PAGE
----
How Israel and Hamas Foretell the End of Mainstream Media
The Hamas-Israel conflict just nailed the coffin lid on mainstream media. The causes and effects may not be obvious. Therefore, some background information may be helpful.
Mainstream media need lots of money to pay salaries, taxes, office rent, etc.
Mainstream media still operate predominantly with a brick-and-mortar business model. Broadcast media require producers, camera crews, TV personalities, and associated support staff to be centralized in buildings. These are often situated in big cities with high tax rates and expensive real estate. Top-quality producers and TV personalities demand and often receive big salaries. However, advertising revenues have been decreasing in proportion to decreased viewership, forcing many to lay off staff. In a similar manner, newspapers such as the New York Times also operate out of expensive offices in large cities. Revenues have been falling for years at newspapers, and many writers have been fired.
The business model needed to sustain mainstream media is perilous, and it is unlikely that it can ever be replaced by anything more profitable. As the size and influence of mainstream media shrink, their ability to control the narrative evaporates.
How did this happen? It happened in a manner similar to what's described by Mark Twain or F. Scott Fitzgerald: "At first you go bankrupt slowly, then all at once." The first piece was internet scalability.
Fortunately, the protocols powering the Internet and the Web were designed for scalability. A scalable system is one that can continue functioning well even as it experiences higher usage.
Secondly, the COVID pandemic gave rise to widespread use of Zoom and other webinar platforms for communication.
The webinar business model has many similarities to the business model that made Amazon successful. Amazon was able to spot new opportunities that became available due to the internet and develop a new business model that would transform the retail business. Amazon bypassed the traditional brick-and-mortar retail outlets, instead earning its revenue by connecting buyers with sellers. Amazon does not have to pay for inventory or pay for retail outlets.
Once Amazon developed and refined its software platform, increasing the number of buyers and sellers added little cost but a lot of profit.
A meeting on Zoom can be scheduled on short notice and can reach up to 10,000 viewers. The costs are scalable.
The current Israel-Hamas conflict proved the utility of alternate media to influence public opinion. Michael Oren, former Israeli ambassador to Washington, just broke the code. He noticed this:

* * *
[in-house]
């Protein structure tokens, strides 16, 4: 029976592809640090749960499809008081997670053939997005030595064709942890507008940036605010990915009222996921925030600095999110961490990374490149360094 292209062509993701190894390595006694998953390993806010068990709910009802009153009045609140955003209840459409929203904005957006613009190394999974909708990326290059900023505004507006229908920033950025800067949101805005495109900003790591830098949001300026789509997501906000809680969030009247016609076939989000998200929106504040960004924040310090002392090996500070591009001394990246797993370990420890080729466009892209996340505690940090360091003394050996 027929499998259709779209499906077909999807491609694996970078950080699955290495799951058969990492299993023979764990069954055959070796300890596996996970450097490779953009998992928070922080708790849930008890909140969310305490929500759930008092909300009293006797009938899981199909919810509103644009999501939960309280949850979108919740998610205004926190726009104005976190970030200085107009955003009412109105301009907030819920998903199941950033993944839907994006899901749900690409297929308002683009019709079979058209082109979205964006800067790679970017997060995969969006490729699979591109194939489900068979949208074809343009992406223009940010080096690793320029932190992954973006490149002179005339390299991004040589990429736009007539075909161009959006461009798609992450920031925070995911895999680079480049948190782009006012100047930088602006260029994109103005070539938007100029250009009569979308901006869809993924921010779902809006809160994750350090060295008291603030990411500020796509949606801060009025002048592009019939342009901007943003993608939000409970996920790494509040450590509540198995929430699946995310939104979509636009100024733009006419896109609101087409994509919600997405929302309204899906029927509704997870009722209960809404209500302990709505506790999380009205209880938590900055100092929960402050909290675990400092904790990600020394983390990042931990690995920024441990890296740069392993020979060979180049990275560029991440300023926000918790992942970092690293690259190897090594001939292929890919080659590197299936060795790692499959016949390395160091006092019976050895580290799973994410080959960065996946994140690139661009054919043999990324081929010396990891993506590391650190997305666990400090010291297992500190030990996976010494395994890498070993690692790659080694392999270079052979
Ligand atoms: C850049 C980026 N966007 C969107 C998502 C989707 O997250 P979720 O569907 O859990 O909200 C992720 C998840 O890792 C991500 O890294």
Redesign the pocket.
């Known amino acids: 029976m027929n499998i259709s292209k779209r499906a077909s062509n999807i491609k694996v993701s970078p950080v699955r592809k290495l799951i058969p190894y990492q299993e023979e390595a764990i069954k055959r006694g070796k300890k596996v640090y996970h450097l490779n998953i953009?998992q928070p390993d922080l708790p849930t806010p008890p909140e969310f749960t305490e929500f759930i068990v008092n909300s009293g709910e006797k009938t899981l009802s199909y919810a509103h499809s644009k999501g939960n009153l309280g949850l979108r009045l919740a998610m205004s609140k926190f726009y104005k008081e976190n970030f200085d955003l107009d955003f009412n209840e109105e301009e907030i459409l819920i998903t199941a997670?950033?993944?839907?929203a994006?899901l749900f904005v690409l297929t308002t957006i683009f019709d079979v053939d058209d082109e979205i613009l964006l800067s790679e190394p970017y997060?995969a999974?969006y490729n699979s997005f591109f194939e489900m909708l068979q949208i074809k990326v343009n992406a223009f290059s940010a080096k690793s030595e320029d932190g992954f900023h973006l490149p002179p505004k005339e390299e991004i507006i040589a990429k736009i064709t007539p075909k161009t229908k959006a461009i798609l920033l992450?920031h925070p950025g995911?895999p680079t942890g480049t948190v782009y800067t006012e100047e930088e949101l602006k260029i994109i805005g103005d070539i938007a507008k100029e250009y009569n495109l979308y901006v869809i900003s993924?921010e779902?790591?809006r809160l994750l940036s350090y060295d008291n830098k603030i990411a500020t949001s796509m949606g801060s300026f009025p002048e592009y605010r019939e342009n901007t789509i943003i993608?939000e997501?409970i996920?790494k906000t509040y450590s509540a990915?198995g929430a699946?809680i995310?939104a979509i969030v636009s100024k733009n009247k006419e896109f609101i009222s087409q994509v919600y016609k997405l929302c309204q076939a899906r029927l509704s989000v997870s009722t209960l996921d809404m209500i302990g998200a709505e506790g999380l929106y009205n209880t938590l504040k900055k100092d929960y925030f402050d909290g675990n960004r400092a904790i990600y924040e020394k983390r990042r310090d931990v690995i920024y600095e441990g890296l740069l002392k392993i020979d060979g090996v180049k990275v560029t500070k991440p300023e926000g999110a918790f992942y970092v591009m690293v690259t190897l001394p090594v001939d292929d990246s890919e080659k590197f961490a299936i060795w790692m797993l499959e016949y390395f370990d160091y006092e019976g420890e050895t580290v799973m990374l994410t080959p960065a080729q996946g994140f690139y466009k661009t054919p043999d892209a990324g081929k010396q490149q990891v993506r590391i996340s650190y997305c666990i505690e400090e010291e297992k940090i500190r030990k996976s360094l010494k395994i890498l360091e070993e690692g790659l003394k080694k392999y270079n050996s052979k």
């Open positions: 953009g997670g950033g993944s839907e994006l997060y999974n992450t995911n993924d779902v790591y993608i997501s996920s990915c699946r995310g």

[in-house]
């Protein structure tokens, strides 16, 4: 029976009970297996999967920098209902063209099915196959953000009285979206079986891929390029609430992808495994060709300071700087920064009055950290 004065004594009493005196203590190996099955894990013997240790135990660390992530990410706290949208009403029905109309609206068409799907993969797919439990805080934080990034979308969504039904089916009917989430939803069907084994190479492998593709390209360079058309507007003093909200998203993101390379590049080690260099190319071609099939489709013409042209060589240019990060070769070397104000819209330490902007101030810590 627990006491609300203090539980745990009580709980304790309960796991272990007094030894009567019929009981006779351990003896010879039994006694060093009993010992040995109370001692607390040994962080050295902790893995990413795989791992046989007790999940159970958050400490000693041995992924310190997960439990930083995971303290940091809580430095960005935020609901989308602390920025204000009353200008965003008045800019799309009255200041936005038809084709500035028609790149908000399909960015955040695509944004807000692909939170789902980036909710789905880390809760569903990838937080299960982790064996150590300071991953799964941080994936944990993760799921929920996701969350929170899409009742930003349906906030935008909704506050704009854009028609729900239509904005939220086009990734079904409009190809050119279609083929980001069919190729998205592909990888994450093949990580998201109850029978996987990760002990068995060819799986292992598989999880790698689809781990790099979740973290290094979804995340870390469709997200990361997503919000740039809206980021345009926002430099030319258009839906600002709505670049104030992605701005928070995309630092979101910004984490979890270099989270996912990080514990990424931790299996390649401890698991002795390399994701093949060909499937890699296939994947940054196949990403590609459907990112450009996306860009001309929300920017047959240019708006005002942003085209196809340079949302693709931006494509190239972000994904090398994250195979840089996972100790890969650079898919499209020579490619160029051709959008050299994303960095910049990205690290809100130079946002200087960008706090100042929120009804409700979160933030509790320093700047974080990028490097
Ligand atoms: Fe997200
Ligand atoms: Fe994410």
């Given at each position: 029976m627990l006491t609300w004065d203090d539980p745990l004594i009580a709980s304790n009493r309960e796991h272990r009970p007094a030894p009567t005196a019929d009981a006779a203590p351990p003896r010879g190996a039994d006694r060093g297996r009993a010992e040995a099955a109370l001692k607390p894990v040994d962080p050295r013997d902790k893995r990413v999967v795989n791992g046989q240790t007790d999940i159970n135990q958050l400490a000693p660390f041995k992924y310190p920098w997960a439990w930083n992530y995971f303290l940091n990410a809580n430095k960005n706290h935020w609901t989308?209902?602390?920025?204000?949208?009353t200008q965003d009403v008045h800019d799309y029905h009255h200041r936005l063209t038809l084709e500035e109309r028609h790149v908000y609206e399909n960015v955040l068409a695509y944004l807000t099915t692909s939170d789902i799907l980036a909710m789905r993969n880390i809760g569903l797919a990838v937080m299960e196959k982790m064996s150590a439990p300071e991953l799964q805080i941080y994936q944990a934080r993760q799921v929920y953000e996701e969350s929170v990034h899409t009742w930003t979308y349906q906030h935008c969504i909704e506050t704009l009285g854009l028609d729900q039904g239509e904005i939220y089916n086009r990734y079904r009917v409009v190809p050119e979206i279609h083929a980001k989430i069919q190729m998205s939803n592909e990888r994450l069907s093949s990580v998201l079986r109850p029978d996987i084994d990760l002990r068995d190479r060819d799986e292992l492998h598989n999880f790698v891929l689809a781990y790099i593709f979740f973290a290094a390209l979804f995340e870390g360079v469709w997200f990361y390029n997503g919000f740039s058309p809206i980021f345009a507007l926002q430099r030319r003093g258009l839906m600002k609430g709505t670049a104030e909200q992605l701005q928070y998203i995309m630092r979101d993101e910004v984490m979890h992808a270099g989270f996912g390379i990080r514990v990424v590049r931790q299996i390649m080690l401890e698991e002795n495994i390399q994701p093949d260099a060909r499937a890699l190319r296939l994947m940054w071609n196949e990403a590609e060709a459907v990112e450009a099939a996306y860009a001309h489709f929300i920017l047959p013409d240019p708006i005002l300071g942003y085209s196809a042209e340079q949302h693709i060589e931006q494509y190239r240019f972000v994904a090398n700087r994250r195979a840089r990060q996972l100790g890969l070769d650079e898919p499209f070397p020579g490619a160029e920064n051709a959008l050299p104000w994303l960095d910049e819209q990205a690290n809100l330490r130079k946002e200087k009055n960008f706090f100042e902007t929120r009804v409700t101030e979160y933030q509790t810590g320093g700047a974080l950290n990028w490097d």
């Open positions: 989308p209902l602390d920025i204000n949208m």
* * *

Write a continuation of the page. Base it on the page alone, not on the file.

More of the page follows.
The Prime Minister's Office's Public Affair Department, which is responsible for public relations, is not functioning. But the problem is that our explanations no longer catch on. The media has changed. We have been saying the same thing for 15 years, and time has come for us to think and speak differently.
Gabriel Ben Tasgal, who established a pro-Israel advocacy project, explained that "there is an enormous difference from the situation back in 2014. One of the reasons for this is when analyzing the Middle East, many media outlets used to interview local experts."
"But now," he said, "thanks to technology, these media outlets go straight to the source."
Gutenberg changed the trajectory of civilization when he printed a massive number of Bibles. Most people assume that that was just about changing a religious narrative. That explanation shows how important controlling the narrative really is.
Jan Hus (aka John Hus or John Huss) was a priest who wanted alternative doctrines to take root in the Catholic Church. He failed to wrestle control of the narrative away from the Church and was executed for heresy. However, about a century later, Martin Luther wrote his Ninety-Five Theses, which contained many similarities to the message of Jan Hus. Although excommunicated from the Catholic Church, Martin Luther was not executed as Hus was. Why the difference in outcomes? By the time Martin Luther wrote his theses, tens of thousands of Bibles were in wide circulation thanks to new technology introduced by Gutenberg.
When Jan Hus challenged the narrative of the Catholic Church, the only Bibles in existence were controlled by the Church. Later, when Martin Luther challenged the narrative, thousands of people could read their own Bibles, translated by whomever. Many who did agree with Martin Luther. The Catholic Church lost control of the narrative, and the rest is history.
Fast-forward several centuries to more recent times. Recently, these phenomena have been described as Information Warfare and Strategic Information Warfare. Russia calls it Perception Warfare. The Chinese Communist Party calls it Media Warfare.
Within the last two weeks, Israel has identified how to successfully manage the narrative by identifying and reaching out to sympathetic audiences and motivating them. Audiences and commentators can now be connected on scalable internet platforms and follow Amazon's successful model of connecting buyers and sellers.
The American Thinker works on a similar model that connects audiences with commentators on scalable internet platforms. Similar internet platforms will further erode the audience and influence of the mainstream media.
I think these trends will be bigger than just the 2021 Arab-Israel conflict. The technology is there, but the audience and commentators just need a nudge to make the shift. I believe that this will now rapidly accelerate the economic demise and loss of narrative control (perception operations) by mainstream media.
Image via Pixnio.
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